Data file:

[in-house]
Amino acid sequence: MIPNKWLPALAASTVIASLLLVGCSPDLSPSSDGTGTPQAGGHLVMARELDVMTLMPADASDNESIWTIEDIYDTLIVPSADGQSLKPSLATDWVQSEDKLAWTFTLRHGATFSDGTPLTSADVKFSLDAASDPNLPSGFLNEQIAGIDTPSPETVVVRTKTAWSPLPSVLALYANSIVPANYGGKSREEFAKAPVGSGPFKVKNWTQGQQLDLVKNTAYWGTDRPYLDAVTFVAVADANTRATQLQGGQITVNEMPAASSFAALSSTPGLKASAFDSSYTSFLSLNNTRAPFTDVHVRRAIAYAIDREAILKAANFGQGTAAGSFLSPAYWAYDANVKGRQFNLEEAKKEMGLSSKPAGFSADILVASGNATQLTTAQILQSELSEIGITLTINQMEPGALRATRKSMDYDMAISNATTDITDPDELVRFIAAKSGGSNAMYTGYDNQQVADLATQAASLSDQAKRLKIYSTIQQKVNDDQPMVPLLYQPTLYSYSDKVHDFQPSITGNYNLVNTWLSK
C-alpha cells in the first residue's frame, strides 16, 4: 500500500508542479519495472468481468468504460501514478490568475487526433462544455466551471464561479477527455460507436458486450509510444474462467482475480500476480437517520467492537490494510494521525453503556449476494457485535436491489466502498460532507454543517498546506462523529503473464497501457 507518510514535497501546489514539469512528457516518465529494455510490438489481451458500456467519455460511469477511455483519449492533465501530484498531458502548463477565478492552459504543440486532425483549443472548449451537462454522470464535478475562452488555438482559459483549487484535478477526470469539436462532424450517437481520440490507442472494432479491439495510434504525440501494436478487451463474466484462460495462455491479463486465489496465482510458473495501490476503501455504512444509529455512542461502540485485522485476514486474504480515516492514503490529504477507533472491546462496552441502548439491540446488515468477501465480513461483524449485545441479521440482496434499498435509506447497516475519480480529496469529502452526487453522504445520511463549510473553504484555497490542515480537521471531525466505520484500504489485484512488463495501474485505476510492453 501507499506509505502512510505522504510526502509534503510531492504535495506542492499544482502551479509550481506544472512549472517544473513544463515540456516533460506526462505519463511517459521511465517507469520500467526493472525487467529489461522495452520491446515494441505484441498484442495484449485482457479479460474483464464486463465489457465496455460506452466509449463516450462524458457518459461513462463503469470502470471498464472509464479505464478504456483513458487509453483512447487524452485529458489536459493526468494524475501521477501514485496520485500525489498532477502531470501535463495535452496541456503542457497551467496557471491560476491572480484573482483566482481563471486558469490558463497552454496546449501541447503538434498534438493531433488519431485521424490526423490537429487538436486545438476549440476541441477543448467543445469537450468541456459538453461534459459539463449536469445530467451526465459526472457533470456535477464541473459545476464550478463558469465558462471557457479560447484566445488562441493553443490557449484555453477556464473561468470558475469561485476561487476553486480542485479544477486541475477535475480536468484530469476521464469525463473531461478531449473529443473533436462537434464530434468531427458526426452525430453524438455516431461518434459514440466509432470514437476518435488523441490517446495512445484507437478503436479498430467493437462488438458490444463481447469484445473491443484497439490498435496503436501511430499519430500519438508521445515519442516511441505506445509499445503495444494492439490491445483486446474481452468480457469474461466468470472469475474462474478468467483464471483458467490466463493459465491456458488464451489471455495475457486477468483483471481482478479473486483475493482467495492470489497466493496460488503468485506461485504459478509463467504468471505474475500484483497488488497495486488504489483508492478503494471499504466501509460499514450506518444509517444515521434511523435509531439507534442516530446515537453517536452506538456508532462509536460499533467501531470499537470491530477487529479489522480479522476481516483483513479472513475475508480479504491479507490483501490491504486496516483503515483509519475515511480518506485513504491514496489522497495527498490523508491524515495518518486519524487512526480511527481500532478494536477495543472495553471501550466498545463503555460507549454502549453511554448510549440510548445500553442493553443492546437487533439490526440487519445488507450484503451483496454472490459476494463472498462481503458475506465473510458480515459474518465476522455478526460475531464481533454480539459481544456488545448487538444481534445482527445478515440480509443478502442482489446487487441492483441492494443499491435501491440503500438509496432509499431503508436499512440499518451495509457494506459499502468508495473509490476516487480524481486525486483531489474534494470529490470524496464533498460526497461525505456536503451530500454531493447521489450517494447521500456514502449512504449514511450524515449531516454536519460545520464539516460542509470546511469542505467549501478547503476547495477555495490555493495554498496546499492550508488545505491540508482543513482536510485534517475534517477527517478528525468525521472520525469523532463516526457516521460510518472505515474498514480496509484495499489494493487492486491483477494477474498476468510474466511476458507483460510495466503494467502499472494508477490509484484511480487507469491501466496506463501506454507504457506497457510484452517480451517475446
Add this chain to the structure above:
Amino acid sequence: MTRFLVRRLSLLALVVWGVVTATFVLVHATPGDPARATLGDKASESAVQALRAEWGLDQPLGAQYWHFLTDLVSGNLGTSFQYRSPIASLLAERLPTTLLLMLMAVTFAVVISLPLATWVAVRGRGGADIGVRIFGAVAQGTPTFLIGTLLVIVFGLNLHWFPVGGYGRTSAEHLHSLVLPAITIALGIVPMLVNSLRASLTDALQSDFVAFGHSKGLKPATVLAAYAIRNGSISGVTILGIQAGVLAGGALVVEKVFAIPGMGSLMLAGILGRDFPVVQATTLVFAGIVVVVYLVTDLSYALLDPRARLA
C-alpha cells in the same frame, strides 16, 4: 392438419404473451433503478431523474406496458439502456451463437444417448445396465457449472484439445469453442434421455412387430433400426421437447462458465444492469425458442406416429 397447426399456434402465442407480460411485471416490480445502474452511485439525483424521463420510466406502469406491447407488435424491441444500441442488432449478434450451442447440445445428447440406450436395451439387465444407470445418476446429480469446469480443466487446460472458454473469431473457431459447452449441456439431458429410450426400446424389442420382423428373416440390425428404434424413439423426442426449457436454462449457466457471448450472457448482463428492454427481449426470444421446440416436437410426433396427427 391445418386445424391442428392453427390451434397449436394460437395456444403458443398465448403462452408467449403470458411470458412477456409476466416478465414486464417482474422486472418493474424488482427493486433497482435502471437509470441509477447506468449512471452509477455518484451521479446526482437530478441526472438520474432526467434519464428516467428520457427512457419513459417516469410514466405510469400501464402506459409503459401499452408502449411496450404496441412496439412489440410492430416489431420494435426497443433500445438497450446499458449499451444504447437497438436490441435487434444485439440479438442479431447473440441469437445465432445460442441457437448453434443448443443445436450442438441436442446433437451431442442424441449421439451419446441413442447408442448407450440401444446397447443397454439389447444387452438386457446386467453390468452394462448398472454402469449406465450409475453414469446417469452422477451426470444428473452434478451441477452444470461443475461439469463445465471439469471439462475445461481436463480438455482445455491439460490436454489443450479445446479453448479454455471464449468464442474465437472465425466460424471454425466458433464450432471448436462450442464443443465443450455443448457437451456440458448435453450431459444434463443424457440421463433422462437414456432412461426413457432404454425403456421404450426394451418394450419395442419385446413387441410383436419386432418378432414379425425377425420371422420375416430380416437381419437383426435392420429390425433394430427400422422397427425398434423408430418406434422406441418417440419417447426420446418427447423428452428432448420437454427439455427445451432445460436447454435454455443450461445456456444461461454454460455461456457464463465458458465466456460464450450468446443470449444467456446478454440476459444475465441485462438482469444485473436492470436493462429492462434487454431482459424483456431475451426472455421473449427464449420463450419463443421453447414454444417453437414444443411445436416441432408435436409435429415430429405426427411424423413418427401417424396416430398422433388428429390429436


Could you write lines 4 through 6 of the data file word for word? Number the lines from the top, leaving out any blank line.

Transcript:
Add this chain to the structure above:
Amino acid sequence: MTRFLVRRLSLLALVVWGVVTATFVLVHATPGDPARATLGDKASESAVQALRAEWGLDQPLGAQYWHFLTDLVSGNLGTSFQYRSPIASLLAERLPTTLLLMLMAVTFAVVISLPLATWVAVRGRGGADIGVRIFGAVAQGTPTFLIGTLLVIVFGLNLHWFPVGGYGRTSAEHLHSLVLPAITIALGIVPMLVNSLRASLTDALQSDFVAFGHSKGLKPATVLAAYAIRNGSISGVTILGIQAGVLAGGALVVEKVFAIPGMGSLMLAGILGRDFPVVQATTLVFAGIVVVVYLVTDLSYALLDPRARLA
C-alpha cells in the same frame, strides 16, 4: 392438419404473451433503478431523474406496458439502456451463437444417448445396465457449472484439445469453442434421455412387430433400426421437447462458465444492469425458442406416429 397447426399456434402465442407480460411485471416490480445502474452511485439525483424521463420510466406502469406491447407488435424491441444500441442488432449478434450451442447440445445428447440406450436395451439387465444407470445418476446429480469446469480443466487446460472458454473469431473457431459447452449441456439431458429410450426400446424389442420382423428373416440390425428404434424413439423426442426449457436454462449457466457471448450472457448482463428492454427481449426470444421446440416436437410426433396427427 391445418386445424391442428392453427390451434397449436394460437395456444403458443398465448403462452408467449403470458411470458412477456409476466416478465414486464417482474422486472418493474424488482427493486433497482435502471437509470441509477447506468449512471452509477455518484451521479446526482437530478441526472438520474432526467434519464428516467428520457427512457419513459417516469410514466405510469400501464402506459409503459401499452408502449411496450404496441412496439412489440410492430416489431420494435426497443433500445438497450446499458449499451444504447437497438436490441435487434444485439440479438442479431447473440441469437445465432445460442441457437448453434443448443443445436450442438441436442446433437451431442442424441449421439451419446441413442447408442448407450440401444446397447443397454439389447444387452438386457446386467453390468452394462448398472454402469449406465450409475453414469446417469452422477451426470444428473452434478451441477452444470461443475461439469463445465471439469471439462475445461481436463480438455482445455491439460490436454489443450479445446479453448479454455471464449468464442474465437472465425466460424471454425466458433464450432471448436462450442464443443465443450455443448457437451456440458448435453450431459444434463443424457440421463433422462437414456432412461426413457432404454425403456421404450426394451418394450419395442419385446413387441410383436419386432418378432414379425425377425420371422420375416430380416437381419437383426435392420429390425433394430427400422422397427425398434423408430418406434422406441418417440419417447426420446418427447423428452428432448420437454427439455427445451432445460436447454435454455443450461445456456444461461454454460455461456457464463465458458465466456460464450450468446443470449444467456446478454440476459444475465441485462438482469444485473436492470436493462429492462434487454431482459424483456431475451426472455421473449427464449420463450419463443421453447414454444417453437414444443411445436416441432408435436409435429415430429405426427411424423413418427401417424396416430398422433388428429390429436